It’s no secret that in general I do not like people tampering with history to accommodate their stories. You should never sacrifice historical fact for a good plot twist. You make your story fit history, or you’ve deceived your readers. (You can read more about this here.) My opinion has not changed. However, I got an amazing and unique opportunity to tweak my story to accommodate a sad, but little known bit of history by inserting one of my characters into the shoes of a real person. The catch? No one knows the rank or identity of this historical hero. His name is lost to history. All we know is that he was a Confederate officer. Nothing more. I consulted others who shared my view to make sure I wasn’t taking too much liberty in having one of my characters represent him and they all encouraged me to go for it. A note about this is included in the back of the book.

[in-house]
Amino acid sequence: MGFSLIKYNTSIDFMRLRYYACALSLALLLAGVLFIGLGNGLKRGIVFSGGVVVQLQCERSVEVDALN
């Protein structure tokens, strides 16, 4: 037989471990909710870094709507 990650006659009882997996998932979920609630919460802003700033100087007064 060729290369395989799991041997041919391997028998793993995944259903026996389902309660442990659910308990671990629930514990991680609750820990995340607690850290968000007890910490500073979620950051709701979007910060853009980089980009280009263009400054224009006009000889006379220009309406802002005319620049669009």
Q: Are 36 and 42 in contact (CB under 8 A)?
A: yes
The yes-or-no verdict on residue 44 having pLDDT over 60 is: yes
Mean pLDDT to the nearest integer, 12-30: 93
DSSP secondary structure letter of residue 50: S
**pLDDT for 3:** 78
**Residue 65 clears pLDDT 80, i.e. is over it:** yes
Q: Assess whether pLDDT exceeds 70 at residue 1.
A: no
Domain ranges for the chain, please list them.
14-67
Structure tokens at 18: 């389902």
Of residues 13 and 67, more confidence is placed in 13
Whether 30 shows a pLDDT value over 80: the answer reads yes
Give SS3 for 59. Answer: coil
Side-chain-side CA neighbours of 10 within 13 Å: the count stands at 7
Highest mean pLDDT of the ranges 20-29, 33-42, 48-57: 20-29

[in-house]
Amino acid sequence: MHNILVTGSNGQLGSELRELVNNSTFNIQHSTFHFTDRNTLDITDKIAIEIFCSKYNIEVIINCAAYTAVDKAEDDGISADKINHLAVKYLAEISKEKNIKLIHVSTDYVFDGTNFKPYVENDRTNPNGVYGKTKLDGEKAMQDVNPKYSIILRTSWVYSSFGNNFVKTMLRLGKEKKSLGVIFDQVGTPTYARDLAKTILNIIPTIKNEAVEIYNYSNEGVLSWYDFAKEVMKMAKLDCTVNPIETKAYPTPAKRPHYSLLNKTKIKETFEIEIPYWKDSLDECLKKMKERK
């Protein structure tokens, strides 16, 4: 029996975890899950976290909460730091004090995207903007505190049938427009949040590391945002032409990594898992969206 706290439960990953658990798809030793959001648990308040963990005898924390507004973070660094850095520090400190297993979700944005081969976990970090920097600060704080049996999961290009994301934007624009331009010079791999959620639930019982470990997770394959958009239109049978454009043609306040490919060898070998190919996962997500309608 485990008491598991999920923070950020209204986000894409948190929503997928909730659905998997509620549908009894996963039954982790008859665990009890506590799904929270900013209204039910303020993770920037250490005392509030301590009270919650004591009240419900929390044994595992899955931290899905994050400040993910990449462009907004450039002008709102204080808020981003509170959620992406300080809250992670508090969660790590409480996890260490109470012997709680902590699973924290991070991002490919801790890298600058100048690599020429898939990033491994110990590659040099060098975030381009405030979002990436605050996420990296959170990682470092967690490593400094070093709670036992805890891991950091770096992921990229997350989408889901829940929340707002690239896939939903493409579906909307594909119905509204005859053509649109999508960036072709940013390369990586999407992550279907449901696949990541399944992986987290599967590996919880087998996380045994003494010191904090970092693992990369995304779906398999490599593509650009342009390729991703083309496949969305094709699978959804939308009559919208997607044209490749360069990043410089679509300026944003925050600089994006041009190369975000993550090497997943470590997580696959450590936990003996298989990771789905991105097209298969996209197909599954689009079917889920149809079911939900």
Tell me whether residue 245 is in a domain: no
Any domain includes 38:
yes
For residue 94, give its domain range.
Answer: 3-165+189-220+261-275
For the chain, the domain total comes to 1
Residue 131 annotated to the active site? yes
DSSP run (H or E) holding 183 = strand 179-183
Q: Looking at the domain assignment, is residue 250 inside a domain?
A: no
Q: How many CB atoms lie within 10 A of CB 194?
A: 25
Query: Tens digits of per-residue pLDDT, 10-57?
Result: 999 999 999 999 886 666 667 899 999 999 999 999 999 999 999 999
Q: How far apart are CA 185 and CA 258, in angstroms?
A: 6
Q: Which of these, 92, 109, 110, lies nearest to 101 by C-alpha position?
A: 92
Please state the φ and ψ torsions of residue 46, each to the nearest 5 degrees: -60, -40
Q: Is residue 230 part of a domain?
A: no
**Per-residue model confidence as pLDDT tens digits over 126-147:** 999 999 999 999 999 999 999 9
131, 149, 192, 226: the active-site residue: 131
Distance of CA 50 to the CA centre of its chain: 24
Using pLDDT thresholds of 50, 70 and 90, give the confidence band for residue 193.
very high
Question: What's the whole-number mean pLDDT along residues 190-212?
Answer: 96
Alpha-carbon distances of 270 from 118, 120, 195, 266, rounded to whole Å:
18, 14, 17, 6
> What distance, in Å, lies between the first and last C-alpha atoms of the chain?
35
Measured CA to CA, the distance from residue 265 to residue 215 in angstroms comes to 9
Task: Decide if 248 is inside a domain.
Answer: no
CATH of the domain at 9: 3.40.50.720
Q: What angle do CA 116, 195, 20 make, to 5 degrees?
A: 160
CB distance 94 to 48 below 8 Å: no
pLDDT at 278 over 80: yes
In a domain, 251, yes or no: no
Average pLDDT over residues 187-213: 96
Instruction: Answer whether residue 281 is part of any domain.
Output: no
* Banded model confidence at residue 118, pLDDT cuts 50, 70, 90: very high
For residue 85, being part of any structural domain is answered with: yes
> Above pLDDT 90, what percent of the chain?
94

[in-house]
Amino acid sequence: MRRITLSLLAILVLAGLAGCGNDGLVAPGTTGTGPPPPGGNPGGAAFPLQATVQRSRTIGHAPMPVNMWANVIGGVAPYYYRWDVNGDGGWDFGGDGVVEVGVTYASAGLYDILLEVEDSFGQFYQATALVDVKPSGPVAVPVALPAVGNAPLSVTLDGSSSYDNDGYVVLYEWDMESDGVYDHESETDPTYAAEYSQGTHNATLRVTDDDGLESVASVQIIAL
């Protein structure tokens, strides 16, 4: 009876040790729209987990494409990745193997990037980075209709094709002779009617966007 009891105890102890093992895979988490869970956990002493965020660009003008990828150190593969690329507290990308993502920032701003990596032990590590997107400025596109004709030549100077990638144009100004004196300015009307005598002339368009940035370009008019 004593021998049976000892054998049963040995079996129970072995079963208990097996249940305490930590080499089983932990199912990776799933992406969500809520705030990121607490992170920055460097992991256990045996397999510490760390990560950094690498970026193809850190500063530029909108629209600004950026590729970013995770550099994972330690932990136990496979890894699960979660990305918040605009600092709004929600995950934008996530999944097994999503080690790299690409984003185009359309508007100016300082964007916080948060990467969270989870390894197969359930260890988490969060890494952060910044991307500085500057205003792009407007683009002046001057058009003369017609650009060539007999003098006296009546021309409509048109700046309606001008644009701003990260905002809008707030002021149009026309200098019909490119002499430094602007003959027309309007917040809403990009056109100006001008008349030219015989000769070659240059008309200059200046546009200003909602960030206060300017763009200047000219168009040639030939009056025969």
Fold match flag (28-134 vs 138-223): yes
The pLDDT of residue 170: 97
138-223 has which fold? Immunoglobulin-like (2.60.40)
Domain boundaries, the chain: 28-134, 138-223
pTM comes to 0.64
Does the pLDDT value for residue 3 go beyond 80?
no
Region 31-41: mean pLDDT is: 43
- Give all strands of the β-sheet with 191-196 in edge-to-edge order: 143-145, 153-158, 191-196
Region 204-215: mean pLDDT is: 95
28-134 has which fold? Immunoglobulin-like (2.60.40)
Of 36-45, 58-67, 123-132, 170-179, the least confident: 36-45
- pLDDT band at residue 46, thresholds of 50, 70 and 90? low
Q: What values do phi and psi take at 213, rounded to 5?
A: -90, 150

Today’s Blog Stops
Laura Guenot@ beautifulthingsbylaura.com
Natalie Claire@ kenmorepines.wordpress.com
And don’t forget to enter for a chance to win 4 eBooks!
And feel free to pre-order your copy of A Song of Home today! $14.00 + $3.00 S/H. Upon receiving your payment, a copy will be reserved for you! And if you would like to begin reading as soon as your payment is processed, I will gladly send you an eCopy of the story for you to enjoy until I receive my print copies!
That’s all for now! See you tomorrow!
Christian. American. Southern. Author.